Docked Tail Dog

Catching Cold

These dogs do not respond very well to temperature changes. Even though they are a Northern Vietnam native dog breed, they can catch cold very easily if their hair stays wet for a long time.

If you are transferring them to a warm climate, make sure you increase their water intake to keep them cool.

Tick-Borne Diseases

Hmong dog breeds love being outside. They accompany their owners as hunting companions in mountainous areas and rocky terrains. On their outdoor trips, they might catch ticks and mites that can have a harmful impact on their health.

Some common diseases caused by ticks include Lyme disease, canine bartonellosis and various dog fevers. To keep your Hmong dog healthy, you will have to keep a close eye and comb its thick coat regularly.

Gastrointestinal Diseases

Hmong dog breeds have a sensitive gut especially at a young age. If you are keeping them as pets, you have to give them cooked meat to avoid any GIT issue.

Food Requirements of Hmong Docked Tail Dog Breed

The Hmong dog breeds have different diet requirements based on their size, age and gender. Their puppies require more keen attention to be fed on a high quality, highly nutritious diet only. Pups also require cooked meat as they are prone to GIT diseases.

Male dogs need more food as compared to females as males have higher body mass and more energy. They need frequent meals that meet their nutritional requirements. These dogs are natural hunters and prey on smaller animals. Once they are adults, they can digest a variety of meals including vegetables and carbohydrates.

If your dog seems to not gain weight even after following a healthy diet, make sure you check for worms. It is always safe to deworm your dog from time to time, just as a precautionary measure.

Exercise Requirements Of The Hmong Docked Tail Dog

Hmong docked tail dogs love to hunt. They are known to have a wild nature and have a love for hunting their prey. They need regular exercise and outdoor activity on a daily basis to keep them calm and happy.

If they are not given enough movement and adventure for the day, they tend to get agile and frustrated. They need approximately 40 minutes to 1 hour of vigorous physical activity. It can be a walk through the woods, mountain climbing or lots of playing in an open yard.

For these reasons, they are recommended to be kept in country homes only so that they can have a lot of space for themselves.

Grooming Requirements

Like all other dog breeds, it is very important to take proper care of your Hmong dog. They have long hair and thick coats that require constant attention.

As they live in colder regions, people do not bathe them as often. But, as a dog owner, you should always look for signs of when your dog needs attention. A stinky or dirty coat is always a sign that a bath is needed. You can either do this at home or take them to professional dog grooming salons.

After each bath, make sure you dry your dog’s coat with either a towel or blow dryer to avoid catching cold. Also, use a comb to detangle their hair as they are thick and coarse and hard to manage if they get tangled.

Always check for ticks and mites if your dog has been out playing with other pets. You can avoid them by combing after each walk.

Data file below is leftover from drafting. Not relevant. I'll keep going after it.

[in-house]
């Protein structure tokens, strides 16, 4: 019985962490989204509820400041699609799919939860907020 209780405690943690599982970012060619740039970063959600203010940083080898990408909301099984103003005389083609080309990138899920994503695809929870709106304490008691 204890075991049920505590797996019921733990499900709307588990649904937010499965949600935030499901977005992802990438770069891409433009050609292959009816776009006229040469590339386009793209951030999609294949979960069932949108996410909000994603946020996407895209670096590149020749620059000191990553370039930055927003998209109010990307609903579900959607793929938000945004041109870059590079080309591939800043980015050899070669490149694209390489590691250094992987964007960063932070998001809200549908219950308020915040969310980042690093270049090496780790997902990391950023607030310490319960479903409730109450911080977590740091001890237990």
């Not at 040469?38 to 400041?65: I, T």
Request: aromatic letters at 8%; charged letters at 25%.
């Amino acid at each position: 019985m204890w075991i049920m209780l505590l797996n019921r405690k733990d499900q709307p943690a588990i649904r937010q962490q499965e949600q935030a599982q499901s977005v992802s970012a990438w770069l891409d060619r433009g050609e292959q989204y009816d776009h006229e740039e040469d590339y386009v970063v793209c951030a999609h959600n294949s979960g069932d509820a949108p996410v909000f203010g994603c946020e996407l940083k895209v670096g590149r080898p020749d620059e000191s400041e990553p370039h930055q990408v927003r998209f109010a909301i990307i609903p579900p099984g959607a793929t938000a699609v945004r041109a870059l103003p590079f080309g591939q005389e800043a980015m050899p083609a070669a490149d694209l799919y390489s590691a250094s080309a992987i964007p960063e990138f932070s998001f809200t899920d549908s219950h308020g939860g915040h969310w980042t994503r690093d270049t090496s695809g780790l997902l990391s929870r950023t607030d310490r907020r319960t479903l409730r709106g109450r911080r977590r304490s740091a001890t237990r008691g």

Apart from taking care of the coat, you should also brush their teeth once in a while, clean their ears and trim their nails for better hygiene.

How Long Does a Hmong Docked Tail Dog Live For?

Docked Tail Dog

The Hmong dog species are naturally healthy dogs that have high strength and endurance. They can easily live from 15-20 years. They can survive most of the climates and are active hunters that know how to protect themselves in the wild.

They are also known to be very immune to diseases. They do not have any health concerns and are pretty easy to take care of.

If you are careful with your Hmong dog, feed it properly and take care of its physical requirements, you can expect a long life span for these tough dogs. Also, taking your pet to a vet is always recommended for a better quality of life.

Things to Consider When You Raise a Hmong Dog

There is a lot to learn about these incredible species. One thing you should always keep in mind is their history. These dogs were bred to be hunting companions and as working dogs, to look after livestock and ensure safety as a watchdog.

They are highly intelligent and stay very close to their natural instincts. They require lots of space to run around and exercise. Although they are very playful with all family members, they should not be expected to be at their best behavior in small apartment houses.

They are also known to hate cats so much that they can kill one if they see it around them. Always do your research about its compatibility with other dog breeds if you own multiple pets.

When you raise a Hmong dog, you have to pay keen attention to its diet and daily food requirement to match the energy level. You will need to change the feeding patterns and habits as the dog grows.

To keep these hunters at their best domestic behavior, they need to be trained frequently. It is better to start very young and keep following with positive reinforcements through out. They are extremely loyal, intelligent and adaptable if taken good care of.


The Hmong dog species with docked tails are one of the rarest breeds of dogs in the world. Their high endurance, strength and intelligence make them highly adaptable. They are the most loyal hunting companions and serve as great pets if trained properly. They are growing in popularity and need attention for the survival of their species.

Although there is only a little information on the web, we hope our extensive guide on Hmong docked tail dogs helped you in finding what you were looking for. Post navigation

Cody Mitchell
Cody Mitchell is a pet lover and a passionate pet writer. He has worked as a professional writer for over 6 years, with a focus on creating compelling content for pet-related brands. His work has been featured in major publications. When he's not writing, Cody can be found playing with his two dogs (a labradoodle and a cocker spaniel) or cuddling his cat.